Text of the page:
"Raised in Captivity" (Penguin Press), by Chuck Klosterman
Chuck Klosterman seems like a great hang. He's the guy at the party who has everyone spitting out their drinks as they laugh while trying to swallow — the one who is never at a loss for words in a game of "Would You Rather?"
It's fun to imagine the genesis of some of the stories billed as "Fictional Nonfiction" on the cover of his latest collection. Flying cross-country, perhaps, from his northwest home to visit his agent in New York: What if there was a puma in the plane's bathroom? Podcasting with his pal Bill Simmons: Could a football team run the perfect play over and over again to win every game? At the doctor's office getting vaccinated: Do vets get shots to protect themselves from pet diseases?
"Raised in Captivity" is like a read-only version of "The Twilight Zone," complete with a cover graphic of a skeleton on a leash being taken for a walk. But unlike that TV show, readers don't have to wait very long for the twist. Most of these stories suck you in right away with a perfect opening sentence: "I have the kind of job where I take a shower at night, after I get home."; "It started with a question from a six-year-old, which is the only way it could have happened at all."; "Sheila knew she wanted to murder her husband." Five to seven minutes later, you're laughing or looking under your bed. Then it's on to the next one before the fizz from the first stops tingling in your brain.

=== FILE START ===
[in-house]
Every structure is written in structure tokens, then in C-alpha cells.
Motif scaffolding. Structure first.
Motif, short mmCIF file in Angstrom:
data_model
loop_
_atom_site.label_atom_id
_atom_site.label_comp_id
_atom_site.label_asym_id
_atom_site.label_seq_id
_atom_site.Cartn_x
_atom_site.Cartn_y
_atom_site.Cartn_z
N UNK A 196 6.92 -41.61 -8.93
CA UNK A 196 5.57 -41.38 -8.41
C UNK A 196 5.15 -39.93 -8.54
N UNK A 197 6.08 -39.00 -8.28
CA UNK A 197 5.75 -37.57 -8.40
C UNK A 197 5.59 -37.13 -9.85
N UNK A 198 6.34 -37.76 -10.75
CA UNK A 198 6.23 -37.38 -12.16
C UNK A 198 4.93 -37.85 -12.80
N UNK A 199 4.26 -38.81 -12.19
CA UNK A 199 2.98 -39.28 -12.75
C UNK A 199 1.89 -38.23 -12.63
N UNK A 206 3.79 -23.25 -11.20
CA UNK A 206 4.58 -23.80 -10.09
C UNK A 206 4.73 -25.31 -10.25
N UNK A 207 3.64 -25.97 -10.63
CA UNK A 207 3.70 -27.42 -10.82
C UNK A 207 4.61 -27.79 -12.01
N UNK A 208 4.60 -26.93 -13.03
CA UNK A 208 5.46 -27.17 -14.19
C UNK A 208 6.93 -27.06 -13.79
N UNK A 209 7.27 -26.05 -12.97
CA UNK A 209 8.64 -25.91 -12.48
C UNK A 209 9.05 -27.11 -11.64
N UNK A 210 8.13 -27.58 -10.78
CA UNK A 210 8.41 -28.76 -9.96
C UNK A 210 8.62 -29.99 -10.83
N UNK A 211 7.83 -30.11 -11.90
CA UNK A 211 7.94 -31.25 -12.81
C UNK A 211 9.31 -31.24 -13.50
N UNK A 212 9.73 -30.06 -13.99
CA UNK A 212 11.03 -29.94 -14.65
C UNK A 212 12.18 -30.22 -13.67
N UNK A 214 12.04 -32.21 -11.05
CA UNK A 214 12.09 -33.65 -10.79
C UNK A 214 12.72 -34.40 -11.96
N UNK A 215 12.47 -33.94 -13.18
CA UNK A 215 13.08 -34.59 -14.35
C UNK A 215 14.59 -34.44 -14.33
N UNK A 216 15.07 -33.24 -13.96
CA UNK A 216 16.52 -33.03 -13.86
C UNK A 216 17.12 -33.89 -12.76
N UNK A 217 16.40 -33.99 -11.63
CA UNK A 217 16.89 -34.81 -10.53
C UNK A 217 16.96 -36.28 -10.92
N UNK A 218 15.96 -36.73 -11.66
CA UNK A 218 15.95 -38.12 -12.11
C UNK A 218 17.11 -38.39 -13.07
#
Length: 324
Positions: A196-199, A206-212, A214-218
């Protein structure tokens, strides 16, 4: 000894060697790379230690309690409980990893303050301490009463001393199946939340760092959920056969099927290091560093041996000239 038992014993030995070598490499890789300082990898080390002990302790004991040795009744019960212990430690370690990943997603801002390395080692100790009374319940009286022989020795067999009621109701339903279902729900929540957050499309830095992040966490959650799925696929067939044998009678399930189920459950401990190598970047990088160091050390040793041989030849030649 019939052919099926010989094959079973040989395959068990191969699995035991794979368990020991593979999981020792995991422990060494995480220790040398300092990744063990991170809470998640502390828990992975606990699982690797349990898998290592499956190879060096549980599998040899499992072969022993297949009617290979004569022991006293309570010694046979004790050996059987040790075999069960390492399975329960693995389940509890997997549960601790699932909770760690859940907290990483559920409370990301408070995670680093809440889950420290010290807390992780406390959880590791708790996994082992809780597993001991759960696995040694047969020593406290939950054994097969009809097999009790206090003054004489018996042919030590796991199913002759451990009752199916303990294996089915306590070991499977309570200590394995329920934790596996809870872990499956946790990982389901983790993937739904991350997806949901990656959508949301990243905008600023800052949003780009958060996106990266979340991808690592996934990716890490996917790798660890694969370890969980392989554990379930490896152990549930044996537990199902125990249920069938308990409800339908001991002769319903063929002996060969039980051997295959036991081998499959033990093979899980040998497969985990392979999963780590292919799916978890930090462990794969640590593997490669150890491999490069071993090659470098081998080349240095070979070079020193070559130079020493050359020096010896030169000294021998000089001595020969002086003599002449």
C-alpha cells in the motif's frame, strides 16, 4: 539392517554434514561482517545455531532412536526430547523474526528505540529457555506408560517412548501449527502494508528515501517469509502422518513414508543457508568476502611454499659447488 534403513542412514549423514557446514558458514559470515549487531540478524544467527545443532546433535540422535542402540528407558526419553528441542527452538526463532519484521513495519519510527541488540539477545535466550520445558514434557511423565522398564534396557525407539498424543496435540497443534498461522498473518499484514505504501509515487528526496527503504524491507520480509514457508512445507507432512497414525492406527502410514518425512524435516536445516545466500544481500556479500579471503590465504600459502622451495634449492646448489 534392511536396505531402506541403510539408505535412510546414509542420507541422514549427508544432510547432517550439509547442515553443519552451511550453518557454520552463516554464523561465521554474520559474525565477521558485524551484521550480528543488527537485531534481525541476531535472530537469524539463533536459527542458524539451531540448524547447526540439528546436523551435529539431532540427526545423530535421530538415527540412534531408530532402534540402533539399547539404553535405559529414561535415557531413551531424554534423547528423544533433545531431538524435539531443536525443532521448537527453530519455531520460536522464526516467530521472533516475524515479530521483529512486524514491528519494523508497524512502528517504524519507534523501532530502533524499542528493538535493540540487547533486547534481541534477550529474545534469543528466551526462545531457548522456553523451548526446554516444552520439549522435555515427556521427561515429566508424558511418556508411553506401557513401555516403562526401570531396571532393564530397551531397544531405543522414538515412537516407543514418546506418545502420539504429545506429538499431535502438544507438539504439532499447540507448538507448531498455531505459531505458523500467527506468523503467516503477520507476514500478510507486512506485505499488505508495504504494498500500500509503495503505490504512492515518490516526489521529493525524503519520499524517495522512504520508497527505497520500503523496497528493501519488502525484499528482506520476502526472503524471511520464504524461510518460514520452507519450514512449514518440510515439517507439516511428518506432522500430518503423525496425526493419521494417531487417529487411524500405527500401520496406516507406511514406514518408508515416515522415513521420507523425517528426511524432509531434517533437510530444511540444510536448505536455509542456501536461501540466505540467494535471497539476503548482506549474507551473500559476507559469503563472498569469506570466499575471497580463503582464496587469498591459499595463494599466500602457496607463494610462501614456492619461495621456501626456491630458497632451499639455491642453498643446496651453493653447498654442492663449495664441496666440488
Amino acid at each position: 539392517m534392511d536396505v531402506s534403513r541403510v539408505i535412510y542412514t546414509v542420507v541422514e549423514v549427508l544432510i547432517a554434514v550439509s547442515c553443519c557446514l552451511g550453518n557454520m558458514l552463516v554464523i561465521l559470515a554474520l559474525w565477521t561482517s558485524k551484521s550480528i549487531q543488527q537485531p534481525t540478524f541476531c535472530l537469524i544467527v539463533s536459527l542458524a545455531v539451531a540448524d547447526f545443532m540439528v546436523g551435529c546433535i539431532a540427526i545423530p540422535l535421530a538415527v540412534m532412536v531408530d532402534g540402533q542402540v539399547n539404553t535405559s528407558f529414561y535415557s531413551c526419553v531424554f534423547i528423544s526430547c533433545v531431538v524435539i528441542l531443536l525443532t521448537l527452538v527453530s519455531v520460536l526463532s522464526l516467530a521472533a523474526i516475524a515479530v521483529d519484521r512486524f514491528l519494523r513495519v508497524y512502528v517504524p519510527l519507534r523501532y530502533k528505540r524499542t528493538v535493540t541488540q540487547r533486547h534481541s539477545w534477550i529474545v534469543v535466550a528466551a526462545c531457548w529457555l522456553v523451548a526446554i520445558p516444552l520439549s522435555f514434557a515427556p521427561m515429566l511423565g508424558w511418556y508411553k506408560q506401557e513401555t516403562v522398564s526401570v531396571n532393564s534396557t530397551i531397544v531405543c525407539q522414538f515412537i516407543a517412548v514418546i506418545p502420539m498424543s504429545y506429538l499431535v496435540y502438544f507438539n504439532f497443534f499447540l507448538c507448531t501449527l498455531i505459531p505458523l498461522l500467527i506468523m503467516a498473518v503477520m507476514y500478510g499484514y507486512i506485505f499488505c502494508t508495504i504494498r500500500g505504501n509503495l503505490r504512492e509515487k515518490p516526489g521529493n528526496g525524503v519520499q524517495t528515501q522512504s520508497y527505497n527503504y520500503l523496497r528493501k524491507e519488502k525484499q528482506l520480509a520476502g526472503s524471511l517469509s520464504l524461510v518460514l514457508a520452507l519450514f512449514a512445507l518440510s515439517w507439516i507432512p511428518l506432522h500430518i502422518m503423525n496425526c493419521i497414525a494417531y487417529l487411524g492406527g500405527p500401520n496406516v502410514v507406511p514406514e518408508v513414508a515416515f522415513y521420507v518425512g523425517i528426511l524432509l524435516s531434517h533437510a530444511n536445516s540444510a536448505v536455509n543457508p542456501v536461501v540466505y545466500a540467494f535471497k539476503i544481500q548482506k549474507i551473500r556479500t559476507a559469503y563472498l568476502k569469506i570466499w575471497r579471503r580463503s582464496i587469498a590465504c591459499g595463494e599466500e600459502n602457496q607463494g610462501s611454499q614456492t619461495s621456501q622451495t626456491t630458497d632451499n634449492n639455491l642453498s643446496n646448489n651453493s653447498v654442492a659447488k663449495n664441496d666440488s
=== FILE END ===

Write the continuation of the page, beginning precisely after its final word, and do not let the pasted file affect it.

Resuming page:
Topics range from a secret government research team investigating why coin flips are no longer 50/50, to a band whose song is suddenly adopted by white nationalists as a racist anthem, to a couple considering a procedure that allows the pain of childbirth to pass from women to men. While some of the stories seem far-fetched, nearly all feel plausible in the conspiracy-laden, technology-obsessed world we now live in.
This is Chuck Klosterman at his best. "Raised in Captivity" combines social criticism with pop culture commentary and is highly recommended.
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